Friday, February 16, 2018

Great Backyard Bird Count

This is the first year I am participating in the Great Backyard Bird Count. My view is pictured in the photo of my blog header and I can look out over my patio, as well as birdfeeders in two other places easily seen. In fact sitting here typing, I can see shadows of birds as they fly to one of my feeders. With those views I have little excuse and more than plenty of reasons to join in the fun.

All of the data is used to help answer questions such as those listed on the GBBC website:

• How will the weather and climate change influence bird populations?
• Some birds, such as winter finches, appear in large numbers during some years but not others. Where are these species from year to year, and what can we learn from these patterns?
• How will the timing of birds’ migrations compare with past years?
• How are bird diseases, such as West Nile virus, affecting birds in different regions?
• What kinds of differences in bird diversity are apparent in cities versus suburban, rural, and natural areas?

Also, here is a map that show, in real-time, lists being submitted all over the world.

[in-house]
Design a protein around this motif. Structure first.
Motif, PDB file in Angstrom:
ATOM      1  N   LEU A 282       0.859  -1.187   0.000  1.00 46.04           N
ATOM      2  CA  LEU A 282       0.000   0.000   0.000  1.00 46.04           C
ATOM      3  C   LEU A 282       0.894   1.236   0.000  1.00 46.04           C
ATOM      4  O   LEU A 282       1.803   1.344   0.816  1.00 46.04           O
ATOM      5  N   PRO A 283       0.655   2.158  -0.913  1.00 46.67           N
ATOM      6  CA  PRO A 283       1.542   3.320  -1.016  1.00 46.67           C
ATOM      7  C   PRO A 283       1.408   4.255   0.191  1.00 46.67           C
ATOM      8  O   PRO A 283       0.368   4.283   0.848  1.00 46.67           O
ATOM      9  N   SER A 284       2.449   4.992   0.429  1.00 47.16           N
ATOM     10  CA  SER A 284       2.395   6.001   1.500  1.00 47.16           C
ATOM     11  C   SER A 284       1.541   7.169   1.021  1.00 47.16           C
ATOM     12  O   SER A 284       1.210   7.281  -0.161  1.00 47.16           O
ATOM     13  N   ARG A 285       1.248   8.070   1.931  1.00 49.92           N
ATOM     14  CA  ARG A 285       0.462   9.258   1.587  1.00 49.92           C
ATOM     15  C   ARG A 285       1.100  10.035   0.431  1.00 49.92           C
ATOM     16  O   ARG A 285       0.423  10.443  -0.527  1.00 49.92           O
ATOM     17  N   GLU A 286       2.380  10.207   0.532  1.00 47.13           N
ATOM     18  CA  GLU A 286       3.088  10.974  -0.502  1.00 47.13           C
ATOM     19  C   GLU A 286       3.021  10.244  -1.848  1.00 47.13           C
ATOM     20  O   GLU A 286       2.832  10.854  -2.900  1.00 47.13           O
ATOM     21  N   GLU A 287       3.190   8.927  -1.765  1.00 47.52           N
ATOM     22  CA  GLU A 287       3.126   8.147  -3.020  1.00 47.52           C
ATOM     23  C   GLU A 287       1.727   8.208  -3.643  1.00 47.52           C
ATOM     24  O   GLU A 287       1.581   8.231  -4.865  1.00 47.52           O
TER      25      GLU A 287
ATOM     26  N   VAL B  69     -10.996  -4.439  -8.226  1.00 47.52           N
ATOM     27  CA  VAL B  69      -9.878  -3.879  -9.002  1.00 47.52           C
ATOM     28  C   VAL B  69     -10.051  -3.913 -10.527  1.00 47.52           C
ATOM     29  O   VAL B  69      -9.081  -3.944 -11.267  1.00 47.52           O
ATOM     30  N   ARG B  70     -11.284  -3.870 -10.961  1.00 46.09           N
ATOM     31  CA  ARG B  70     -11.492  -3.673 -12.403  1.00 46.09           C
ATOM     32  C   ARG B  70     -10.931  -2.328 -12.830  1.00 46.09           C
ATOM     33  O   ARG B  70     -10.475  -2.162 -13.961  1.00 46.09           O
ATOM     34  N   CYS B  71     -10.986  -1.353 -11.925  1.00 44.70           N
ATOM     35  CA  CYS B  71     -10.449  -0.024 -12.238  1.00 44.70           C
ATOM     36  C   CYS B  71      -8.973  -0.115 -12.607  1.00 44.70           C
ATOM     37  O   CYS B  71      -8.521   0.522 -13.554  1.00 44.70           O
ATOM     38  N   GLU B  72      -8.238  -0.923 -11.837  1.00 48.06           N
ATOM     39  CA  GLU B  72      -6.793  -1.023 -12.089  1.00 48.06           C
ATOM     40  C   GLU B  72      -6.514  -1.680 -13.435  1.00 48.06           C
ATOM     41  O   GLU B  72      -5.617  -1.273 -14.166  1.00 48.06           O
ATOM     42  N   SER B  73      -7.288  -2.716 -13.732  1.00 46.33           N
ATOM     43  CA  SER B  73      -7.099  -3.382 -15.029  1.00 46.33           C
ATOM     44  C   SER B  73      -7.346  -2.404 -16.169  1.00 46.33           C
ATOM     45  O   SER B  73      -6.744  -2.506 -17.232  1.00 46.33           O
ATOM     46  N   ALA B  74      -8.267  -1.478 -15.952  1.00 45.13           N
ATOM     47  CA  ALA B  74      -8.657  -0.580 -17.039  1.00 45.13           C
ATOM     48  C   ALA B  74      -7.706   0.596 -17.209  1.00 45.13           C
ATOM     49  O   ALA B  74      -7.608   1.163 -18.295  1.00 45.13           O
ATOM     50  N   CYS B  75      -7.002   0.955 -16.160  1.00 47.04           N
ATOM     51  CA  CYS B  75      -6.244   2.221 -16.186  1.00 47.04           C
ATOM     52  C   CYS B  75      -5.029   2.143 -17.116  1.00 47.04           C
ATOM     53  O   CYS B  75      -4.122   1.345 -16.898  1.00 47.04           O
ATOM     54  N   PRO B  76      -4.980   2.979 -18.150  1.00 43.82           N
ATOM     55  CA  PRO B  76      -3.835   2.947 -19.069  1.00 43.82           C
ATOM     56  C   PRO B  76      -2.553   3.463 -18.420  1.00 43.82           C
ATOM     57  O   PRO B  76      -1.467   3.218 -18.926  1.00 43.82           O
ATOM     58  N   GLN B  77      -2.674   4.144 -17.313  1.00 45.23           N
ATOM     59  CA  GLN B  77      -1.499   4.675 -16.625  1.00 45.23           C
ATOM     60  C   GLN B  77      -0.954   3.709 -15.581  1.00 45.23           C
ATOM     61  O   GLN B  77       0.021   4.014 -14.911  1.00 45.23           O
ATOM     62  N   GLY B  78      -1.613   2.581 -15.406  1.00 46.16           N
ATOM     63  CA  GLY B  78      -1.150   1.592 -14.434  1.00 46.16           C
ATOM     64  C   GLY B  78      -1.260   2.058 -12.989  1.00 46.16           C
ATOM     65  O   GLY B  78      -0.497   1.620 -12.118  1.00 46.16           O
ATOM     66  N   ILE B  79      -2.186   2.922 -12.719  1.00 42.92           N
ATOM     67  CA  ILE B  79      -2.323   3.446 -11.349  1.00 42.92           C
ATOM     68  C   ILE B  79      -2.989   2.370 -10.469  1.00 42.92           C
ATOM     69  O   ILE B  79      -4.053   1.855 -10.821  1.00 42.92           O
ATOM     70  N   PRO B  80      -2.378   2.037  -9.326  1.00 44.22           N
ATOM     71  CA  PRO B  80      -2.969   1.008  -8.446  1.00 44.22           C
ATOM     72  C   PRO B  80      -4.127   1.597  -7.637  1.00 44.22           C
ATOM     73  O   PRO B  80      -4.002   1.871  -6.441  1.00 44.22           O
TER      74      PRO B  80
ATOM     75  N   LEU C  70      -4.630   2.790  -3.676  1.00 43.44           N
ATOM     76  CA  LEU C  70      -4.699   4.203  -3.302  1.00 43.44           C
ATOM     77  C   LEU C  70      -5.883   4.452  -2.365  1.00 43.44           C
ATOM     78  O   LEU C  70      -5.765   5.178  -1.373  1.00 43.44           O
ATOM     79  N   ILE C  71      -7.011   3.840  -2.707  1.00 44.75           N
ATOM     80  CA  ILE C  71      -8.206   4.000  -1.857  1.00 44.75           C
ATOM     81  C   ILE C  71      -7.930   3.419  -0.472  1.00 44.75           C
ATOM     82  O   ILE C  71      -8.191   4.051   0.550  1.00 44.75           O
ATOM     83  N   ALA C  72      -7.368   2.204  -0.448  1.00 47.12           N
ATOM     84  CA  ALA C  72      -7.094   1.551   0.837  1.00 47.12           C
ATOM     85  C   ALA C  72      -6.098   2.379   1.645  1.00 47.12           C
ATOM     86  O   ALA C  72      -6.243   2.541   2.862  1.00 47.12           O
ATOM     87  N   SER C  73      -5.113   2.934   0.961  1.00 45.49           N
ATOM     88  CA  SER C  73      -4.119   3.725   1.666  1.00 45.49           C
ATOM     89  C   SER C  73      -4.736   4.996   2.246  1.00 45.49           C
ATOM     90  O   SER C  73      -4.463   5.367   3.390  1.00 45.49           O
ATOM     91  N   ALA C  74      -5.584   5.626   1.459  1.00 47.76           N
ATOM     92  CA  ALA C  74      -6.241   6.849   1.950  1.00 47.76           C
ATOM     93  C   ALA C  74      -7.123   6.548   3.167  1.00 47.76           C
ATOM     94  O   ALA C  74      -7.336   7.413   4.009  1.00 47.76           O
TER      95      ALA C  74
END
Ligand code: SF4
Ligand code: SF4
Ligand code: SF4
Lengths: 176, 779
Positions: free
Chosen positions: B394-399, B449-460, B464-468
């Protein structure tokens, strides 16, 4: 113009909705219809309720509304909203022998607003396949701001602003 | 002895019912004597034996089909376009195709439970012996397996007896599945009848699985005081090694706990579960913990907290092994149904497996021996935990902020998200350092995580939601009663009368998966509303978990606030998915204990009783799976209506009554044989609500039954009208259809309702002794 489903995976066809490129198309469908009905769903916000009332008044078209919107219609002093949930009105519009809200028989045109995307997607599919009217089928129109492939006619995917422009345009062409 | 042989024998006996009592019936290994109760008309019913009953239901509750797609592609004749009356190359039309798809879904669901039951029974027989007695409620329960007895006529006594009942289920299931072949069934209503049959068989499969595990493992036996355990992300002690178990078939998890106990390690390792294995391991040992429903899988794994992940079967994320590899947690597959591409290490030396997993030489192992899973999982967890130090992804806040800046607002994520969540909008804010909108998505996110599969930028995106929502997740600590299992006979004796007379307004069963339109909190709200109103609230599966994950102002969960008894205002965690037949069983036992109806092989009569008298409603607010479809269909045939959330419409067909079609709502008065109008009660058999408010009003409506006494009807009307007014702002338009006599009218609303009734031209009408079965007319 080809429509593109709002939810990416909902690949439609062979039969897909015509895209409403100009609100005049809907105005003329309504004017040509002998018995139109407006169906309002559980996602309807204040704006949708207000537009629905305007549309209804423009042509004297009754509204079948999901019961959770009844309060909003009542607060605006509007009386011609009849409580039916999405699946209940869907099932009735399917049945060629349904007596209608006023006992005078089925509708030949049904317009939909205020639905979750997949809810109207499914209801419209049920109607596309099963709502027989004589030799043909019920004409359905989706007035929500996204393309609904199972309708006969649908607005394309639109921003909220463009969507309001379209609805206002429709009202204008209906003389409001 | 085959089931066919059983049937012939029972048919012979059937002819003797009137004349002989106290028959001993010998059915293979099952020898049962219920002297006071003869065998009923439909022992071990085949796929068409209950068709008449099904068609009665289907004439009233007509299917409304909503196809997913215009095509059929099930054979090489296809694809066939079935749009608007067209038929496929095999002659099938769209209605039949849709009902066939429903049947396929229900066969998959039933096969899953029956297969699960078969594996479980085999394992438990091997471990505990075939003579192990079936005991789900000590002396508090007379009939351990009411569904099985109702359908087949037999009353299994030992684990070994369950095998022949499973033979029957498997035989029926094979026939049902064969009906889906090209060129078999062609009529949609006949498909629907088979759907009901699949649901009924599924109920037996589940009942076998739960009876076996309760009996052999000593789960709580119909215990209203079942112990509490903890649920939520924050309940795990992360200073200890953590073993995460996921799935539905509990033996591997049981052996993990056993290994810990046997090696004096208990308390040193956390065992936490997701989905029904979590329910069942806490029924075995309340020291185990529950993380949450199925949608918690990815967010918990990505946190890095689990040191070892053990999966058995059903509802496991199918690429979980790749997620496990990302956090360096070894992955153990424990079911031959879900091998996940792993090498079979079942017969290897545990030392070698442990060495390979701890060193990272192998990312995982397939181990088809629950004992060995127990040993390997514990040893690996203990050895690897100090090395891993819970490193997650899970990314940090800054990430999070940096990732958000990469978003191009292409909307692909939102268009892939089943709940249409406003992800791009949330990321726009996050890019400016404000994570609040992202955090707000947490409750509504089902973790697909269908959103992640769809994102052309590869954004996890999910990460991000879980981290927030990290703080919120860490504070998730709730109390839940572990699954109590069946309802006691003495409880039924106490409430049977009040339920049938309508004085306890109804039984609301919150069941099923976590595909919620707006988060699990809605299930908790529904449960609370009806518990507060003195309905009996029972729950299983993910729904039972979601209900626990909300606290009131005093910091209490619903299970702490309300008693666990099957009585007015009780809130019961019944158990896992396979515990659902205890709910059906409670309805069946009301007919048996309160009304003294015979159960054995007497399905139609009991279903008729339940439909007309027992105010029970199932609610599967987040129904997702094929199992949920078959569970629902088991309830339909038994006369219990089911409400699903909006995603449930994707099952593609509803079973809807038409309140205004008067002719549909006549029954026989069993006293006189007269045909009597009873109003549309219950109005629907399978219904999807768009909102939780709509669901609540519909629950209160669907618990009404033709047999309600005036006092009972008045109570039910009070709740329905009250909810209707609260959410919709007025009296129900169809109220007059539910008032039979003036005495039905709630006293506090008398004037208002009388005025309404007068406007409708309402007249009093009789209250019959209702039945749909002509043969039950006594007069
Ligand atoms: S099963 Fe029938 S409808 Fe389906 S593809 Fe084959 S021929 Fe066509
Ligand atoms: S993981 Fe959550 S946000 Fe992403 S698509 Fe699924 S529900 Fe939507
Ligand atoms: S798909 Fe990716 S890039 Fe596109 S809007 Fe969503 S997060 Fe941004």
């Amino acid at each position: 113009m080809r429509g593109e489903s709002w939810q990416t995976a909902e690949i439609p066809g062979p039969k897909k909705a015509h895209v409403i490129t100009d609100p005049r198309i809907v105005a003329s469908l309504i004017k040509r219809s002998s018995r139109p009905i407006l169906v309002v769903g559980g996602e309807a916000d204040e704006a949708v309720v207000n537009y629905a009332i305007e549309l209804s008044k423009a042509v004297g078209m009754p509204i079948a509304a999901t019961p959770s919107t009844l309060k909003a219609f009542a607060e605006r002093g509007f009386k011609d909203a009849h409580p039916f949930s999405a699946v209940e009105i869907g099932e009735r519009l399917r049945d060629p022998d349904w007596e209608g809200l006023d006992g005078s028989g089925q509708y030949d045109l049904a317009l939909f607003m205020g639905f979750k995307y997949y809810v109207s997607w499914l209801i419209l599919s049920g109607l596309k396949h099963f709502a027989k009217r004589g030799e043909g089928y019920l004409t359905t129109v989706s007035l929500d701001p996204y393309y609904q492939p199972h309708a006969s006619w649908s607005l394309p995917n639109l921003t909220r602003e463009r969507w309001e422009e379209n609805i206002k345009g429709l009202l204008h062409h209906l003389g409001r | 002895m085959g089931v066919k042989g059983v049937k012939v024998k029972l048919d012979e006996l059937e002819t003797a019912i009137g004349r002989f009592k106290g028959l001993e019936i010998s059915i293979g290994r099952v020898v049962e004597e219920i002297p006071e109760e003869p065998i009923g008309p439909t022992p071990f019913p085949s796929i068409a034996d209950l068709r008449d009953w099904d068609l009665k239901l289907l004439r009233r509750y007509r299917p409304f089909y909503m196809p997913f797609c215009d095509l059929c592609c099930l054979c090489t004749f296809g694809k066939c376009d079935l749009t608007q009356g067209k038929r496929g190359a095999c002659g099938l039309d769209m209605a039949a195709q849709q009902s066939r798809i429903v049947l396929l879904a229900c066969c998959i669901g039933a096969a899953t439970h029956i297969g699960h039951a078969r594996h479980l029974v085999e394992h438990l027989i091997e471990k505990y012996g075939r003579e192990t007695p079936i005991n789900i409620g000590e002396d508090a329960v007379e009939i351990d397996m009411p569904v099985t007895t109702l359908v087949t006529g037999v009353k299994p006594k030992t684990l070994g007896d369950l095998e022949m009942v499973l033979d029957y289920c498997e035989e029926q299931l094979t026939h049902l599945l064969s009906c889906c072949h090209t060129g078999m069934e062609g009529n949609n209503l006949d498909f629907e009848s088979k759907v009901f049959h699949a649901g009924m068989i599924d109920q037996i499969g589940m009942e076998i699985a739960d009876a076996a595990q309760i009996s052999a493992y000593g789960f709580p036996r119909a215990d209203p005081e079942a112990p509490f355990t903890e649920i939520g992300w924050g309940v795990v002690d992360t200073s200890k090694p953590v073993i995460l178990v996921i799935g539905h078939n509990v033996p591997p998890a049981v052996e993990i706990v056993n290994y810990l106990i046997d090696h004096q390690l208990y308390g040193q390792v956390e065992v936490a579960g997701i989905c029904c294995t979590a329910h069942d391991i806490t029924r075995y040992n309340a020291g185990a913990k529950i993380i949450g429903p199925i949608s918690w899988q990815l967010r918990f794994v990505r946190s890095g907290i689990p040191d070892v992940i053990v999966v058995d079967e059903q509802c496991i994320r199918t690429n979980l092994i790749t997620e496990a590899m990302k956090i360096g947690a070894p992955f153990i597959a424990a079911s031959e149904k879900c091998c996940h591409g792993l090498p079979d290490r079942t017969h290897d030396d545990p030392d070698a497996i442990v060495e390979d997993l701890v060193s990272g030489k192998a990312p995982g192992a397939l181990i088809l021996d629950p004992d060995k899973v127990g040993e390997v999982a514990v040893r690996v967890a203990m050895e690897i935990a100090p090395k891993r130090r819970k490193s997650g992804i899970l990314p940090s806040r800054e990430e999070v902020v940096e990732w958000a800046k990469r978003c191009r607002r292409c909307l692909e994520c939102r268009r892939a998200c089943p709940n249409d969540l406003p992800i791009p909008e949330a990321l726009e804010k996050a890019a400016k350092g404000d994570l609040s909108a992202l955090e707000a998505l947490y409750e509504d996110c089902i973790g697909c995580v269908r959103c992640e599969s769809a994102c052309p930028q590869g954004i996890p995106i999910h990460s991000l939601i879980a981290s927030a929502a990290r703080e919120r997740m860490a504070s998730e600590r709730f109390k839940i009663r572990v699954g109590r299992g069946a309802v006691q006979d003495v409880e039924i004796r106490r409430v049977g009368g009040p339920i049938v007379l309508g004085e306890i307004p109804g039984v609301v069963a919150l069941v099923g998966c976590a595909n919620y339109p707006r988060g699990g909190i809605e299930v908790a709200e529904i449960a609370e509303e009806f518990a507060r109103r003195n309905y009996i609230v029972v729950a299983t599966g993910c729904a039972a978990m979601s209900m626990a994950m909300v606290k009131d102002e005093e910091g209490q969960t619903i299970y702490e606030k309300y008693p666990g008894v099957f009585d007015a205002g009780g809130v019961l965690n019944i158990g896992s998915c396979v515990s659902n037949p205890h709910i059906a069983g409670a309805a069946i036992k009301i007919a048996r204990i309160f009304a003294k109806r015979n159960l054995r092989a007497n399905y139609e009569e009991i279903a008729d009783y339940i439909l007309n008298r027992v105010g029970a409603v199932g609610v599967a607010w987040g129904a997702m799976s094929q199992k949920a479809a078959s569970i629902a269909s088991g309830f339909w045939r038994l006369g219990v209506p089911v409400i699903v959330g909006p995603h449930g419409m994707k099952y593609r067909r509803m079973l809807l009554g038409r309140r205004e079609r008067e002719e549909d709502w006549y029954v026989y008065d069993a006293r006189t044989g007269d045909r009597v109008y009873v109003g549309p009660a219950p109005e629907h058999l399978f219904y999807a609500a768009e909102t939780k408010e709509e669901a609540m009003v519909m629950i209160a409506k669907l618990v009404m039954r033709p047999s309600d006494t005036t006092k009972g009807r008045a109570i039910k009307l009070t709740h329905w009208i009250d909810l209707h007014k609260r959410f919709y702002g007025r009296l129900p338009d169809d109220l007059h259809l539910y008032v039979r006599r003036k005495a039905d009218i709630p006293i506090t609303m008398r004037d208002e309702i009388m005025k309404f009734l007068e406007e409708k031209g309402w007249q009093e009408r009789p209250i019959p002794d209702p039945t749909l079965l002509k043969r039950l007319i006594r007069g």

For me, it is simply a time to sit still, watch, and let the wonder of birds take me over for a short time. I always come away with a sense of awe at their beauty and diversity, and that awe always leads to worship and gratitude.

I'll be listing my observations for the next few days and if you want to join. Click on the link above for more details. In as little as fifteen minutes for one day you can participate ( in that short amount of time I saw 2 of the beauties pictured above) and add to our understanding of these remarkable creatures.

Observations for February 16, 2018

Species Count
Red-bellied Woodpecker (Melanerpes carolinus) 1
Downy Woodpecker (Picoides pubescens) 2
Northern Flicker (Colaptes auratus) 1
Blue Jay (Cyanocitta cristata) 2
American Crow (Corvus brachyrhynchos) 1
Carolina Chickadee (Poecile carolinensis) 2
Tufted Titmouse (Baeolophus bicolor) 1
Carolina Wren (Thryothorus ludovicianus) 1
Eastern Bluebird (Sialia sialis) 3
American Robin (Turdus migratorius) 10
Dark-eyed Junco (Junco hyemalis) 2
White-crowned Sparrow (Zonotrichia leucophrys) 1
Song Sparrow (Melospiza melodia) 1